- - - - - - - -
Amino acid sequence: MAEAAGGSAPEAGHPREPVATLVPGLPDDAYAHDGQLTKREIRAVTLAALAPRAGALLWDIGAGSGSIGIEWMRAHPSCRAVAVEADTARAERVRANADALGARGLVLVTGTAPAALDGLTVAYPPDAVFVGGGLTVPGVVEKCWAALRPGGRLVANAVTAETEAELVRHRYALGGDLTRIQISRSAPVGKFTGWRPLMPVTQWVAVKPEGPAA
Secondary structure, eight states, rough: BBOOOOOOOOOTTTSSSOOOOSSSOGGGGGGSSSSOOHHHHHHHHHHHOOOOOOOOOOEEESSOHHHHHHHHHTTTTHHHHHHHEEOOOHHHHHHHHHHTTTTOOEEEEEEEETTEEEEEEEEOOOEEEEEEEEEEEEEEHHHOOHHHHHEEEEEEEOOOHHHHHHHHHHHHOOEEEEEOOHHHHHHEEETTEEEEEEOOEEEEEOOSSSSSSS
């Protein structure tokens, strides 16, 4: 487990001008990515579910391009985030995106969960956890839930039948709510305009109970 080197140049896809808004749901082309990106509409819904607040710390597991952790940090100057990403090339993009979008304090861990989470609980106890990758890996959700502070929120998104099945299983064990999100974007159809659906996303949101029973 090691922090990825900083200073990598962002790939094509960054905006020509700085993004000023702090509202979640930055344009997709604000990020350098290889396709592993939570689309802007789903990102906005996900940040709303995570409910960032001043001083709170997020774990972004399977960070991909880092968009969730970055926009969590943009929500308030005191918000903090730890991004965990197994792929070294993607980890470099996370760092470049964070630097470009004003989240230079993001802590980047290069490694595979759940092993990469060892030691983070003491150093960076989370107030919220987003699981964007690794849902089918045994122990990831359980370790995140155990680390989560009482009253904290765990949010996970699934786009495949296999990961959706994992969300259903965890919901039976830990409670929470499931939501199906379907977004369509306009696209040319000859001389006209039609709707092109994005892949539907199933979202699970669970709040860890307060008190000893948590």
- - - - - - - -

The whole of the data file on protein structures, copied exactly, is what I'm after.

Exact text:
Amino acid sequence: MAEAAGGSAPEAGHPREPVATLVPGLPDDAYAHDGQLTKREIRAVTLAALAPRAGALLWDIGAGSGSIGIEWMRAHPSCRAVAVEADTARAERVRANADALGARGLVLVTGTAPAALDGLTVAYPPDAVFVGGGLTVPGVVEKCWAALRPGGRLVANAVTAETEAELVRHRYALGGDLTRIQISRSAPVGKFTGWRPLMPVTQWVAVKPEGPAA
Secondary structure, eight states, rough: BBOOOOOOOOOTTTSSSOOOOSSSOGGGGGGSSSSOOHHHHHHHHHHHOOOOOOOOOOEEESSOHHHHHHHHHTTTTHHHHHHHEEOOOHHHHHHHHHHTTTTOOEEEEEEEETTEEEEEEEEOOOEEEEEEEEEEEEEEHHHOOHHHHHEEEEEEEOOOHHHHHHHHHHHHOOEEEEEOOHHHHHHEEETTEEEEEEOOEEEEEOOSSSSSSS
């Protein structure tokens, strides 16, 4: 487990001008990515579910391009985030995106969960956890839930039948709510305009109970 080197140049896809808004749901082309990106509409819904607040710390597991952790940090100057990403090339993009979008304090861990989470609980106890990758890996959700502070929120998104099945299983064990999100974007159809659906996303949101029973 090691922090990825900083200073990598962002790939094509960054905006020509700085993004000023702090509202979640930055344009997709604000990020350098290889396709592993939570689309802007789903990102906005996900940040709303995570409910960032001043001083709170997020774990972004399977960070991909880092968009969730970055926009969590943009929500308030005191918000903090730890991004965990197994792929070294993607980890470099996370760092470049964070630097470009004003989240230079993001802590980047290069490694595979759940092993990469060892030691983070003491150093960076989370107030919220987003699981964007690794849902089918045994122990990831359980370790995140155990680390989560009482009253904290765990949010996970699934786009495949296999990961959706994992969300259903965890919901039976830990409670929470499931939501199906379907977004369509306009696209040319000859001389006209039609709707092109994005892949539907199933979202699970669970709040860890307060008190000893948590």